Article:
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“Personally, I don’t believe that the tea party movement as a whole would support Andrew Ian Dodge at all. He has not been a major player in Maine,” Harring told Roll Call on Monday, adding that Dodge would likely face problems in a general election, even should he survive a GOP primary against Snowe. “I think that the press would have a field day with him, just because of his connections over in England — there’s questions about whether he’s a citizen or not.”
The Republican strategist said that even if Dodge were well-funded, most Maine voters would struggle to connect to him. The strategist mocked Dodge’s ponytail and called him “grungy” and “weirdly ideological.”
But Dodge, who says he is a citizen (born in New York), acknowledges that he does not fit the profile of a typical Senate candidate. He said he found it “predictable” that critics would attempt to tarnish his reputation.
A 42-year-old freelance writer, Dodge lives with his ailing mother in Harpswell, but he has spent significant time in England off and on since childhood. He writes for various publications, including the Washington Examiner and music review websites.
Dodge, a graduate of Colby College and England’s Hull University, once considered running for local selectman, but he has never actually run for elected office. He volunteered for a number of campaigns more than a decade ago, including two in England.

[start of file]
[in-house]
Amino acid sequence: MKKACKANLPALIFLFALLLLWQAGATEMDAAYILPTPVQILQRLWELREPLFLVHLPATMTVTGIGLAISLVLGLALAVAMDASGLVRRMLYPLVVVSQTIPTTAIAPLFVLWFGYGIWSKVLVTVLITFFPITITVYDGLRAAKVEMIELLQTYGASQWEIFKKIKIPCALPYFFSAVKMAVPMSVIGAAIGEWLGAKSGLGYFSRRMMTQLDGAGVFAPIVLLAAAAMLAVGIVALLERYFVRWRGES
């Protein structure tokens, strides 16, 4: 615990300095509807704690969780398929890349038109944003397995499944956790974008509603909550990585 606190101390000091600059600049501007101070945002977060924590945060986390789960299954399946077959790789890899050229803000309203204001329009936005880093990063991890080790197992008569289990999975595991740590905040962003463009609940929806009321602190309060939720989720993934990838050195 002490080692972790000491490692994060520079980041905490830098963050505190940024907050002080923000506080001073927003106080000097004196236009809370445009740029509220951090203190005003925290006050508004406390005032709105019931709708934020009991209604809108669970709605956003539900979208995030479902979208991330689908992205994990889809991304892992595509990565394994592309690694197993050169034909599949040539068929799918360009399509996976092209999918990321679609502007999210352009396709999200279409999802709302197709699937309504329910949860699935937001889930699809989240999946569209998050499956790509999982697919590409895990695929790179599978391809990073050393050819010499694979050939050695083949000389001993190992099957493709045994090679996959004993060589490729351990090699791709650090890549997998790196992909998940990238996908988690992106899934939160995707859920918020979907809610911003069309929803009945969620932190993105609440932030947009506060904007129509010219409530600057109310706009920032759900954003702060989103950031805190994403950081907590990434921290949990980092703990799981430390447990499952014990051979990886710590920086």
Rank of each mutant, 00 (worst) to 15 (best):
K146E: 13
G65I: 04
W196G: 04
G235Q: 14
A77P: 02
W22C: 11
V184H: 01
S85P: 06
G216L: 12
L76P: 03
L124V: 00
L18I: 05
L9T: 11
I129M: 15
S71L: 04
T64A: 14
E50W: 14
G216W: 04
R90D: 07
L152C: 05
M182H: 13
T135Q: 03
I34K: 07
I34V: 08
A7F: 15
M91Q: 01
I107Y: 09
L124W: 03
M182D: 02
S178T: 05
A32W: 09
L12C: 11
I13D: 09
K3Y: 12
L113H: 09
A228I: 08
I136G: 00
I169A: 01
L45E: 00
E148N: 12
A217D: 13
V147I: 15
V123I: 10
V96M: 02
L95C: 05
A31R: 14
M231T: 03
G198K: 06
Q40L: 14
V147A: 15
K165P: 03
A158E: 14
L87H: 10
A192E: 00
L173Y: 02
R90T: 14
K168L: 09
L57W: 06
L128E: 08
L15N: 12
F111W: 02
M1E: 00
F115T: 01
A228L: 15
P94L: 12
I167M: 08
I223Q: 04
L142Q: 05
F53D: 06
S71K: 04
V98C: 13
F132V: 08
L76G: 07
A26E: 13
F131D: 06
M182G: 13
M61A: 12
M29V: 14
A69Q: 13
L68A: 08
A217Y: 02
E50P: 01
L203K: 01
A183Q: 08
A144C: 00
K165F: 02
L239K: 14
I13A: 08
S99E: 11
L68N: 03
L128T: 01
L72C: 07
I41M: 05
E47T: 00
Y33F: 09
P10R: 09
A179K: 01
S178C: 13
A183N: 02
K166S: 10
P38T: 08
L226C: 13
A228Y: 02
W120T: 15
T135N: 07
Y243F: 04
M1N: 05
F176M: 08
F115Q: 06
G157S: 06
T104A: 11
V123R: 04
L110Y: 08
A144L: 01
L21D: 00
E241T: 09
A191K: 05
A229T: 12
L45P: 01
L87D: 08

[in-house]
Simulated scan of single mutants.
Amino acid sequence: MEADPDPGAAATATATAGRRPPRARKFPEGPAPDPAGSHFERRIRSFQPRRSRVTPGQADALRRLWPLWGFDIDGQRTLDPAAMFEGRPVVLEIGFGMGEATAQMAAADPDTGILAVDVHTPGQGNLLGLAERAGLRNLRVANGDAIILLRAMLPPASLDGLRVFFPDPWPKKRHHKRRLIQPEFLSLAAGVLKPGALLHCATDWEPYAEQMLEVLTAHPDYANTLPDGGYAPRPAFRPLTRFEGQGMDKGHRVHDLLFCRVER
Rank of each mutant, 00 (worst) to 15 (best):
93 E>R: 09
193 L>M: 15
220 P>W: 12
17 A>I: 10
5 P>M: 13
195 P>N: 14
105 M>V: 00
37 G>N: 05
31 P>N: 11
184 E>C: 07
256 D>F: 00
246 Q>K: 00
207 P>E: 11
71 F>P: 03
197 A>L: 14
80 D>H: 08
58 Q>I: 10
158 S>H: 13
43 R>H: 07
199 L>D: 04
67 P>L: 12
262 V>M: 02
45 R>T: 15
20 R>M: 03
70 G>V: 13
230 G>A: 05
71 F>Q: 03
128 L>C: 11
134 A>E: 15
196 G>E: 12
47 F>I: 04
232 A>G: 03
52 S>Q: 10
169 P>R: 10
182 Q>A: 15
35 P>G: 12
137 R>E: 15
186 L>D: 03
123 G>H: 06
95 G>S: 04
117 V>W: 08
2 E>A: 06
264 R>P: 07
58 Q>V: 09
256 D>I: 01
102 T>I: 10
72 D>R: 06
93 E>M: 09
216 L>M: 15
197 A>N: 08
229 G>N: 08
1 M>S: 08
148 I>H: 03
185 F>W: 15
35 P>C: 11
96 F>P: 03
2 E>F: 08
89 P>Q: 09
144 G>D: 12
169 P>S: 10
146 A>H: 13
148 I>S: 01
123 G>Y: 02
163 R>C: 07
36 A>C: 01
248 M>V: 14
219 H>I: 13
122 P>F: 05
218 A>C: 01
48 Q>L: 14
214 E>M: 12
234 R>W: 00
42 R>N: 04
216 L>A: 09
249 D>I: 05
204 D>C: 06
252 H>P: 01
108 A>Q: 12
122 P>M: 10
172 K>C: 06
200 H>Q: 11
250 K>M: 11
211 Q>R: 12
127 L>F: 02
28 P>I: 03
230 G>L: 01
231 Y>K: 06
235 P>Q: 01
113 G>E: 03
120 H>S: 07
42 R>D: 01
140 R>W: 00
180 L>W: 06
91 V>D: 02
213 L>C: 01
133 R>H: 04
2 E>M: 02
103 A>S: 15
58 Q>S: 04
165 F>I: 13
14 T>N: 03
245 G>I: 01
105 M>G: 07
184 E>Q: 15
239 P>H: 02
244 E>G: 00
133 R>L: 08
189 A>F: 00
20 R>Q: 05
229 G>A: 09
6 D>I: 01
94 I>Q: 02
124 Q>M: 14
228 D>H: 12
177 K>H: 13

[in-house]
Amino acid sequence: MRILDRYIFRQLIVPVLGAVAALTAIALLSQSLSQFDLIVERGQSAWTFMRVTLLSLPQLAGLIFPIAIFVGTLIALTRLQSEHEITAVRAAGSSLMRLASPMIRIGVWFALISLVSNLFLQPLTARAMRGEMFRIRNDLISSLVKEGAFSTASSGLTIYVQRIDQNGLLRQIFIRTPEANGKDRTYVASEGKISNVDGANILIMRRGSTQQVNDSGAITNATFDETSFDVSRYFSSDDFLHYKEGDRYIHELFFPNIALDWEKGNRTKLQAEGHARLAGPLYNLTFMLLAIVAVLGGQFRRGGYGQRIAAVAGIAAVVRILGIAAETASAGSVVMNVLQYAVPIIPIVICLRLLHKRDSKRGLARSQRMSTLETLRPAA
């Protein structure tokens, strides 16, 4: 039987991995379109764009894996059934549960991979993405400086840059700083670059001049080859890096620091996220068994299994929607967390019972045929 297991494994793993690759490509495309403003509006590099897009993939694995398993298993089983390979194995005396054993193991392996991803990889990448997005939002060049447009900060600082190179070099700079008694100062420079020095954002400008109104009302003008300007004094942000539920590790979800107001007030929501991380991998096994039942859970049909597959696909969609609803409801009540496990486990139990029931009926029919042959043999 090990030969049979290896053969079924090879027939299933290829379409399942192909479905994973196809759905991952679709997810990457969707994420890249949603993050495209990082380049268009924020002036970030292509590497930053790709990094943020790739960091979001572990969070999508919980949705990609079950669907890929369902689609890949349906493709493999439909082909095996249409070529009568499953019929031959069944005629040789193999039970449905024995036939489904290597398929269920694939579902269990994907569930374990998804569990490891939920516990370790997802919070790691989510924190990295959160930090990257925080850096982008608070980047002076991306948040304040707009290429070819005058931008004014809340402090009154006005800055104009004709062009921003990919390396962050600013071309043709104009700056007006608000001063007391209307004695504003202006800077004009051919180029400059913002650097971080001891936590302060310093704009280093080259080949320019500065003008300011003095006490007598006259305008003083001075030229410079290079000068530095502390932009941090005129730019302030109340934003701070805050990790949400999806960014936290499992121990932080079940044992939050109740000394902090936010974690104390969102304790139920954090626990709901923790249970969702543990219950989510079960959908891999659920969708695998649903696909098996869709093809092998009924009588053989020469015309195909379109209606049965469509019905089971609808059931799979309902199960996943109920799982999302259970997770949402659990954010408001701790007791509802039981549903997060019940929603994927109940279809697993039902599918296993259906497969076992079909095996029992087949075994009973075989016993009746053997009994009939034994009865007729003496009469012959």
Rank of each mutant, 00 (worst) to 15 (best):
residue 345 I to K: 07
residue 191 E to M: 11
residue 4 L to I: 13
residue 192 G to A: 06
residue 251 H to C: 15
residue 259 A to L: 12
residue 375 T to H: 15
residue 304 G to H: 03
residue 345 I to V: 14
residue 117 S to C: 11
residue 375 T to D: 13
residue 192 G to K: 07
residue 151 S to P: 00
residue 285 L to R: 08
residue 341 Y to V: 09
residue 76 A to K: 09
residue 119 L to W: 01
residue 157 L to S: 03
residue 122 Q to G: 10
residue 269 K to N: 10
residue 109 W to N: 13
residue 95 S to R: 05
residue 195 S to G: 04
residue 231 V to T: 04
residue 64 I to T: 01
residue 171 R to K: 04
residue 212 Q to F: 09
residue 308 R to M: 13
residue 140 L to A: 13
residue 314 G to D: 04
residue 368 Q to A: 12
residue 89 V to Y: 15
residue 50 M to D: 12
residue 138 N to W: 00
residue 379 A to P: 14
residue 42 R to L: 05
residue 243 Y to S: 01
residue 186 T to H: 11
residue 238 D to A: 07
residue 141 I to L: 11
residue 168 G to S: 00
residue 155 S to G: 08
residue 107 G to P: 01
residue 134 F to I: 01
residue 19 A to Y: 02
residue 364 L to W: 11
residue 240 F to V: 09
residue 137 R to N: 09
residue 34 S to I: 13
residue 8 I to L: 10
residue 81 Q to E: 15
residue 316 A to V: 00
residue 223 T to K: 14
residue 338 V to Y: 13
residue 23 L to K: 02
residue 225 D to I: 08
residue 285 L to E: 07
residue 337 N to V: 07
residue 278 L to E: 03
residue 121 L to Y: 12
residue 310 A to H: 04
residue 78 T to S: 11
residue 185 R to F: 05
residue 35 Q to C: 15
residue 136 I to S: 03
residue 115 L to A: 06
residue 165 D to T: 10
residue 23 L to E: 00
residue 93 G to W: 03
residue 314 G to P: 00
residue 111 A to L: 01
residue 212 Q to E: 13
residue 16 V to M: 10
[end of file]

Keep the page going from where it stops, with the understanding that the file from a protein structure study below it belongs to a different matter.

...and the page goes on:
“I’m basically a hired gun,” he said. “But I only work for people I believe in.”
Public polling continues to suggest Snowe is vulnerable to a challenge from the right.
Sixty-three percent of Republicans polled in September would have chosen a more conservative alternative to Snowe if given the opportunity, according to a poll by the Democratic firm Public Policy Polling. And while she is popular among independents and even some Democrats, just 39 percent of likely Republican primary voters approved of the three-term Senator’s job performance.
But Maine conservatives have yet to find the right candidate, Harring said.
“If we’re going to go up against Olympia Snowe, we need to find a candidate that’s not only able to take her out in the primaries but also win in the general election. That’s the key,” he said. “At the moment, that’s pretty much the problem we have — locating somebody who has big enough name recognition and money. She’s got tons of it. At the moment, there isn’t anybody that really stands out.”